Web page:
Heya, I’m Julian, and this will be – hopefully – my first contribution to 5 Frames, a series of articles that I enjoy a lot.

It was in March or April this year (2022) when I found that roll of ILFORD PAN F PLUS while strolling through a flea market. One reason I bought it was because I never shot this film stock before. But much more so was I drawn to it after checking the expiration box (now here I was supposed to write the number down, and I swear I thought it was 1979 before checking that the film wasn’t introduced before 1992. So it might have been 1997…). Anyhow, the film was old, and I thought I’d give it a shot.

Summer came by, and my girlfriend and I went for a holiday trip to Italy, and I thought it to be the perfect opportunity to try out my new Contax RTS III, which I also bought sometime in spring. I packed a few rolls of film — the PAN F PLUS included and was all excited about the Duomo, the nice Ponte Vecchio, delicious Pasta, and good wine.

We arrived in Florence after a little more than 6hrs on the train. The ride was exhausting, but the scorching heat of a burning July sun in Italy was definitely worse. It was so hot I started worrying about my gear. On the way to our apartment, I crossed the street to get to a Camera store, after barely surviving that (I thought in Italy they are used to silly pedestrians) my heart almost stopped pounding after the shopkeeper told me his prices for Kodak Portra 400. Alrighty, it’s time to get rid of the luggage and fetch a gelato to cool off.

I was glad I took several rolls of film with me, there is too much to photograph in Florence. We spent the first two days just walking around, getting high from the beautiful sights and the antic, while feasting on photogenic subjects.

Two months later, I got a mail, telling me that my negatives were ready to be picked up. I usually send my films to a lab, I don’t dare yet to do the developing myself. However, I am so impressed by how well this film did. To my eye, the negatives are super sharp. I like the stark contrast in the pictures and the little dots and smirks on the film (I guess due to the age of the emulsion). In shady locations, I appreciate the dynamic range of the film especially, it hits my kind o aesthetics. It sure was not the last time I shot with PanF+ (as you see in the picture above, I am ready for a 6×6 session with the 120 film stock). I shot all films at least two stops over.


~ Julian

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About the author

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Julian Ruoss

Trying to get more into and out of analog. Based in Switzerland.


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  1. Nice pics but a shame they were spoiled by the defects from the out-of-date film. Think I’d take fresh film if going on a special trip.

  2. I love Florence! Your photos show it differently than I have ever captured it in my own photos. The expired PanF was clearly still high on contrast, but also some artifacts. I wonder, do you post-process your scanned images? Much of those artifacts could be easily cloned out in software like Lightroom or Photoshop, to the benefit of your final image. Also, in the first image, showing your Contax RTS III and lens, isn’t that a roll of 120 PanF, not 35mm?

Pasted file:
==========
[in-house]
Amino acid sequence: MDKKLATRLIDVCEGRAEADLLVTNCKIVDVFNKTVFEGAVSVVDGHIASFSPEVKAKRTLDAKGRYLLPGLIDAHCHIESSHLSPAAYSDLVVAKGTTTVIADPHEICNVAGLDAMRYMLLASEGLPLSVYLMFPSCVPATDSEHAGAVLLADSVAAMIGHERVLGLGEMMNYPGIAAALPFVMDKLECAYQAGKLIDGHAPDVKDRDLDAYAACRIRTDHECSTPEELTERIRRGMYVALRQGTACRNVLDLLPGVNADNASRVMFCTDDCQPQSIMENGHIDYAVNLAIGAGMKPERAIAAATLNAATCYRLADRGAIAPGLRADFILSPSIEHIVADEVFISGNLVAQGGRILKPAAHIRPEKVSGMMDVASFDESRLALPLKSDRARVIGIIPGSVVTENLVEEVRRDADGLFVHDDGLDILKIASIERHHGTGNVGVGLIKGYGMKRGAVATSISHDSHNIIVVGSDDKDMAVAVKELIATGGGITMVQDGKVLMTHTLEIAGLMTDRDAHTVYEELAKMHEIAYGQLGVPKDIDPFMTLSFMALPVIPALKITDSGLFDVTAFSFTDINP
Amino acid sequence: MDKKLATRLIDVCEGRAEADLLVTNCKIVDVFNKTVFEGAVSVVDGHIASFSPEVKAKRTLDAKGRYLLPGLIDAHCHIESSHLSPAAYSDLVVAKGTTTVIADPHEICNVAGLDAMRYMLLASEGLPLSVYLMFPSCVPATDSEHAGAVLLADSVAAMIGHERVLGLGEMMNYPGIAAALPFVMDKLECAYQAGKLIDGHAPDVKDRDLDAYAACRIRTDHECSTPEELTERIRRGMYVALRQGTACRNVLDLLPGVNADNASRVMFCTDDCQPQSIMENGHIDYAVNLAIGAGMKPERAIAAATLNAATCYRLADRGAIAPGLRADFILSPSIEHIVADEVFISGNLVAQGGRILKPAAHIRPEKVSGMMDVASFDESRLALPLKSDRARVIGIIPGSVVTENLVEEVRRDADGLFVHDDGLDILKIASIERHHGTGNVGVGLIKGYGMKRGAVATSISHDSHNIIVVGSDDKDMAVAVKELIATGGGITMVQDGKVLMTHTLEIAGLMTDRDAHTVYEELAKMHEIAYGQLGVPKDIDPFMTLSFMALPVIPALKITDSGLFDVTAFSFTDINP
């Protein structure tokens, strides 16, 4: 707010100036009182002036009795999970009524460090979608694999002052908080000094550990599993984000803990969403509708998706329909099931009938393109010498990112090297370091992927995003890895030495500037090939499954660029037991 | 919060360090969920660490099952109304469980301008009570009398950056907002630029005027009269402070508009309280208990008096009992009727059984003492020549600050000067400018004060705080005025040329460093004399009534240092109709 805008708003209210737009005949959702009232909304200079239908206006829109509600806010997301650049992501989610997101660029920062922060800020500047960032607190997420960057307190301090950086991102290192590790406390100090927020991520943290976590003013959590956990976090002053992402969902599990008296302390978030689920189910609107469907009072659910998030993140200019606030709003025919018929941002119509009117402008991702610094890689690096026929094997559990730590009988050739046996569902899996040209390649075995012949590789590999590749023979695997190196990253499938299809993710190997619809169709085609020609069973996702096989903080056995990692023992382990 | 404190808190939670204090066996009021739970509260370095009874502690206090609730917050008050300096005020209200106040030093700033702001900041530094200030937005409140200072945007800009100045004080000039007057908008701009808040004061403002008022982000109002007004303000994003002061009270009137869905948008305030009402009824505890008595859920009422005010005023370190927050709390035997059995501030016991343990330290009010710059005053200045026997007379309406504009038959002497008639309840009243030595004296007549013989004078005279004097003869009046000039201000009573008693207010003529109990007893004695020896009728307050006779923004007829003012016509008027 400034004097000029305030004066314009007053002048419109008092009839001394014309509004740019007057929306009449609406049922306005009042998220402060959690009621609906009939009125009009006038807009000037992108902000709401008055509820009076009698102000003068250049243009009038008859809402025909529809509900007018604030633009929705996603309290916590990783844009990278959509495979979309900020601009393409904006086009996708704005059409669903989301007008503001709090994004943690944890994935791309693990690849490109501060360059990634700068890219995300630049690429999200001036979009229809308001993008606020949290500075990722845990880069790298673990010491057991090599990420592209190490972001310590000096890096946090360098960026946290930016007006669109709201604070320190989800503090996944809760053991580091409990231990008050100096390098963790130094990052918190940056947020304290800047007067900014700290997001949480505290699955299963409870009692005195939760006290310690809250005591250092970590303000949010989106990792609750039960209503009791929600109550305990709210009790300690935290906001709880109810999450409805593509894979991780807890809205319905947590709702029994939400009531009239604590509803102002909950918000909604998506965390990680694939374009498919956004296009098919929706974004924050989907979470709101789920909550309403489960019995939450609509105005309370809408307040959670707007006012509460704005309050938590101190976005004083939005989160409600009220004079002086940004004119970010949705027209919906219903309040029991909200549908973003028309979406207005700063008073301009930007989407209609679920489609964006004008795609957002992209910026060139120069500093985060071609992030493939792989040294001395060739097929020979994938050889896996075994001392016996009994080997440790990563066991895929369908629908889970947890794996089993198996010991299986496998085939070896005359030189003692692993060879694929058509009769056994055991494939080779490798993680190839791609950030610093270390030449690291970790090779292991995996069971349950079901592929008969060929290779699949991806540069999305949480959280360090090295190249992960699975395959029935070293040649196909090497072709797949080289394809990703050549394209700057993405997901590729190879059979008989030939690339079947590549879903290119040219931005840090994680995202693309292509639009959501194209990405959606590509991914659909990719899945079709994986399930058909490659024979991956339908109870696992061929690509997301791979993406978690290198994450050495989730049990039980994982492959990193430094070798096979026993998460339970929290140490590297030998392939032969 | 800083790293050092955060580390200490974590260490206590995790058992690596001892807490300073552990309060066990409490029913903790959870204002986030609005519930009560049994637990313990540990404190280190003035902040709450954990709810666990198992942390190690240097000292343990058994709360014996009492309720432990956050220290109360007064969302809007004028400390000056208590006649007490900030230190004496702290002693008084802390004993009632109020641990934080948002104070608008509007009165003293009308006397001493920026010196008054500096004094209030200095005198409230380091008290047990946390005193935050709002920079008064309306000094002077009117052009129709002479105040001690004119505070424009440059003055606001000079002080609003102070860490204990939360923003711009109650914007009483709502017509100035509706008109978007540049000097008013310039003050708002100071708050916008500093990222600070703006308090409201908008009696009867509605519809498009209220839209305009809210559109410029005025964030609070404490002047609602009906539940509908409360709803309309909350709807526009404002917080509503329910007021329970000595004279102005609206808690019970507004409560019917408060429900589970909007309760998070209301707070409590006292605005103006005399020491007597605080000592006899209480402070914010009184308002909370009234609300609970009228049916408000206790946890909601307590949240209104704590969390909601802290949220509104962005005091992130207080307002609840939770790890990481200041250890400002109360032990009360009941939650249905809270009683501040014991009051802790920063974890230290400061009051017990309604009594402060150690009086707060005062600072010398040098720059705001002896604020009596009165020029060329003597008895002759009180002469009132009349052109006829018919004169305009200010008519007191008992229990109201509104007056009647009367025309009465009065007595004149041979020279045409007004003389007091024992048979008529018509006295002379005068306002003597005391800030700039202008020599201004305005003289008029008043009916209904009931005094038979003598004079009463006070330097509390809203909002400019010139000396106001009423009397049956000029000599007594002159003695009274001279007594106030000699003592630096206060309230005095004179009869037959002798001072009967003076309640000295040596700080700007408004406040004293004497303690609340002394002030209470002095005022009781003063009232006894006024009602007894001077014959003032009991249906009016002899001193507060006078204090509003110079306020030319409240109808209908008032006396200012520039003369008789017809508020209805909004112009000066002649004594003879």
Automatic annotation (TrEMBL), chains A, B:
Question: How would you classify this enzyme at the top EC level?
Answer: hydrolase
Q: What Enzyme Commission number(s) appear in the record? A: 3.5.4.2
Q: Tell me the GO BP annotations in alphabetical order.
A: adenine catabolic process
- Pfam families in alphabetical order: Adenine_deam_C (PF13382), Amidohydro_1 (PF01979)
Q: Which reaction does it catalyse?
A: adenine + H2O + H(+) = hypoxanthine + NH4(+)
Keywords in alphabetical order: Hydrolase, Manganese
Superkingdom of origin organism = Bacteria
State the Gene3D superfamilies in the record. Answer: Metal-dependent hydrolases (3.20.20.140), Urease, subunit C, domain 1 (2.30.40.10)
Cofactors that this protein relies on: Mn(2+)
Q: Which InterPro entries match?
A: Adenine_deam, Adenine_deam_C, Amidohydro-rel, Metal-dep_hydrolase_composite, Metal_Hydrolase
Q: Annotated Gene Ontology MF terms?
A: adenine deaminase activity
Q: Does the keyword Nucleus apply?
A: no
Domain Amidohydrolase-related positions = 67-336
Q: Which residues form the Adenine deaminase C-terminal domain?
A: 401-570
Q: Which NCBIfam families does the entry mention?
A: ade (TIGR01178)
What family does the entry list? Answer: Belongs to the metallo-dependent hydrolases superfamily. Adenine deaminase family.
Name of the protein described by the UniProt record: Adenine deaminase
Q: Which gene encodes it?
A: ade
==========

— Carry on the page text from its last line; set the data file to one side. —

1. Hey Lee, I haven’t got into post process (yet). Still trying to figure out how to shoot sharp photos and develope dense negatives 😉
      But I wanna dive into that in the future for sure, new AI makes that so much more intuitive I reckon.
      I run out of PanF135 and wanted to upload the article asap, hence also the bad photo quality of the gear. Next time will be better.

  3. Hello Julian,
    You did quite well with the outdated film stock. The Contax & its lenses are still a formidable picture taking combination. My favorite pic is the street scene with the three pedestrians and the goofy sign. The gentleman on the left could be my parish priest’s doppelganger!

    Your article brought back happy memories for my wife & I. In 2015, we gave ourselves a retirement gift by visiting Florence. We traveled in October, when it was cooler. What an enchanted city. I was mesmerized by the beautiful graffiti and the humorous ‘redesign’ of the signage that was almost at every street corner (as seen in your pic of the three pedestrians). I could have used all my film on those two subjects. I carried my well-worn M2 and the 35mm Summicron. It’s a city that can easily be photographed with a single camera/single lens outfit.

    Good luck with the 6×6.
    Dan (flickr.com/photos/dcastelli9574/)

    1. Hey Dan
      The signage is from CLET, in case you want to check it out again. I loved the random encounters with the altered signs a lot. Bought some stickers at the store, now run by the artists son. It’s a wonderful place for photography.
      Also I’d love to own a 35mm prime!
      Cheers Julian

  4. Good results for such an aged film. However, some artefacts can be seen in the sky parts, which might be from ageing of the film. How is the LED display in the viewer of you RTSIII? Can you see it when looking at bright scenes? Or is it faded as happens usually to most RTSIII cameras?
    I enjoyed reading your experiences.

    1. Hey Fred
      I noticed that as well. In the one frame it might almost be some birds taking the flight.
      The LED display is still in prime condition, deep saturated blue, quite lucky with this one so far.
      Thank you, I hope to get back with more film here!